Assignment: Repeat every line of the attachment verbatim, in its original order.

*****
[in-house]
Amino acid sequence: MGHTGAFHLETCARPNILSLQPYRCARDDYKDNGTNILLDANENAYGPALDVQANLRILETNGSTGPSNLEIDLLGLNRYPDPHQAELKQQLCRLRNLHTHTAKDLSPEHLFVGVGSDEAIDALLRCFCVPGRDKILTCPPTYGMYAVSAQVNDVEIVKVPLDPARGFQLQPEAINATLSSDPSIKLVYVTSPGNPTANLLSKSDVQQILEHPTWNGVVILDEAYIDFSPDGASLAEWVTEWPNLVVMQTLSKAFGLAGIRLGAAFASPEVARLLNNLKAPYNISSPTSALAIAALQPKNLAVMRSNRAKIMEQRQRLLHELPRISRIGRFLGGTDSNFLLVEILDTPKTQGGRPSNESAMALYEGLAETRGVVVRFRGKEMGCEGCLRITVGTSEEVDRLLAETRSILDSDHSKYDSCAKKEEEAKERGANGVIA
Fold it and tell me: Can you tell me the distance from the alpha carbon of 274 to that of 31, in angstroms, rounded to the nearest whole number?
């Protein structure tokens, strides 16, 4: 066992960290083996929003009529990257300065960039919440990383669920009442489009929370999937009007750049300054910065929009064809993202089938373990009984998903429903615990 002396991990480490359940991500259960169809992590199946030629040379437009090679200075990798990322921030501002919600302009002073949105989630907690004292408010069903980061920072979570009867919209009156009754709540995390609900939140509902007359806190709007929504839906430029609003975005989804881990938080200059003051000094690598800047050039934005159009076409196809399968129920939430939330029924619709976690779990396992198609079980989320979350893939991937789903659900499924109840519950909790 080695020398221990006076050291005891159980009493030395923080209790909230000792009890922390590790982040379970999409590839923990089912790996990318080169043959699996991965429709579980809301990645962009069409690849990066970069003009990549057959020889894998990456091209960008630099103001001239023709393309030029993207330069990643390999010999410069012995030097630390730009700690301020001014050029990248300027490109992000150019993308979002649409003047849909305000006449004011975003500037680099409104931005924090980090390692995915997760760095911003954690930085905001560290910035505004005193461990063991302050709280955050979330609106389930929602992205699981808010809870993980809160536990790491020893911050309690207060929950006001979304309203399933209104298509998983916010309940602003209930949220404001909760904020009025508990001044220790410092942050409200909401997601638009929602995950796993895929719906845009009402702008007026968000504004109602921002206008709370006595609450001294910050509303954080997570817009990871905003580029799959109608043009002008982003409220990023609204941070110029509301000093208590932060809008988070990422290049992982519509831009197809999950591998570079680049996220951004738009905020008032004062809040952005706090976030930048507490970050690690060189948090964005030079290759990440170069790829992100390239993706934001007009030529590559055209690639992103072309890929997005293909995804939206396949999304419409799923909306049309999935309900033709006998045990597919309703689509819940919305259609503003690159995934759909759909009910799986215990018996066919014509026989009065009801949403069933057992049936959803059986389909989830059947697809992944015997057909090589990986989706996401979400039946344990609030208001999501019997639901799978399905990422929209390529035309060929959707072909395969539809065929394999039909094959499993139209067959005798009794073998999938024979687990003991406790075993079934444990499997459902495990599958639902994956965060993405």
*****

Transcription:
[in-house]
Amino acid sequence: MGHTGAFHLETCARPNILSLQPYRCARDDYKDNGTNILLDANENAYGPALDVQANLRILETNGSTGPSNLEIDLLGLNRYPDPHQAELKQQLCRLRNLHTHTAKDLSPEHLFVGVGSDEAIDALLRCFCVPGRDKILTCPPTYGMYAVSAQVNDVEIVKVPLDPARGFQLQPEAINATLSSDPSIKLVYVTSPGNPTANLLSKSDVQQILEHPTWNGVVILDEAYIDFSPDGASLAEWVTEWPNLVVMQTLSKAFGLAGIRLGAAFASPEVARLLNNLKAPYNISSPTSALAIAALQPKNLAVMRSNRAKIMEQRQRLLHELPRISRIGRFLGGTDSNFLLVEILDTPKTQGGRPSNESAMALYEGLAETRGVVVRFRGKEMGCEGCLRITVGTSEEVDRLLAETRSILDSDHSKYDSCAKKEEEAKERGANGVIA
Fold it and tell me: Can you tell me the distance from the alpha carbon of 274 to that of 31, in angstroms, rounded to the nearest whole number?
């Protein structure tokens, strides 16, 4: 066992960290083996929003009529990257300065960039919440990383669920009442489009929370999937009007750049300054910065929009064809993202089938373990009984998903429903615990 002396991990480490359940991500259960169809992590199946030629040379437009090679200075990798990322921030501002919600302009002073949105989630907690004292408010069903980061920072979570009867919209009156009754709540995390609900939140509902007359806190709007929504839906430029609003975005989804881990938080200059003051000094690598800047050039934005159009076409196809399968129920939430939330029924619709976690779990396992198609079980989320979350893939991937789903659900499924109840519950909790 080695020398221990006076050291005891159980009493030395923080209790909230000792009890922390590790982040379970999409590839923990089912790996990318080169043959699996991965429709579980809301990645962009069409690849990066970069003009990549057959020889894998990456091209960008630099103001001239023709393309030029993207330069990643390999010999410069012995030097630390730009700690301020001014050029990248300027490109992000150019993308979002649409003047849909305000006449004011975003500037680099409104931005924090980090390692995915997760760095911003954690930085905001560290910035505004005193461990063991302050709280955050979330609106389930929602992205699981808010809870993980809160536990790491020893911050309690207060929950006001979304309203399933209104298509998983916010309940602003209930949220404001909760904020009025508990001044220790410092942050409200909401997601638009929602995950796993895929719906845009009402702008007026968000504004109602921002206008709370006595609450001294910050509303954080997570817009990871905003580029799959109608043009002008982003409220990023609204941070110029509301000093208590932060809008988070990422290049992982519509831009197809999950591998570079680049996220951004738009905020008032004062809040952005706090976030930048507490970050690690060189948090964005030079290759990440170069790829992100390239993706934001007009030529590559055209690639992103072309890929997005293909995804939206396949999304419409799923909306049309999935309900033709006998045990597919309703689509819940919305259609503003690159995934759909759909009910799986215990018996066919014509026989009065009801949403069933057992049936959803059986389909989830059947697809992944015997057909090589990986989706996401979400039946344990609030208001999501019997639901799978399905990422929209390529035309060929959707072909395969539809065929394999039909094959499993139209067959005798009794073998999938024979687990003991406790075993079934444990499997459902495990599958639902994956965060993405």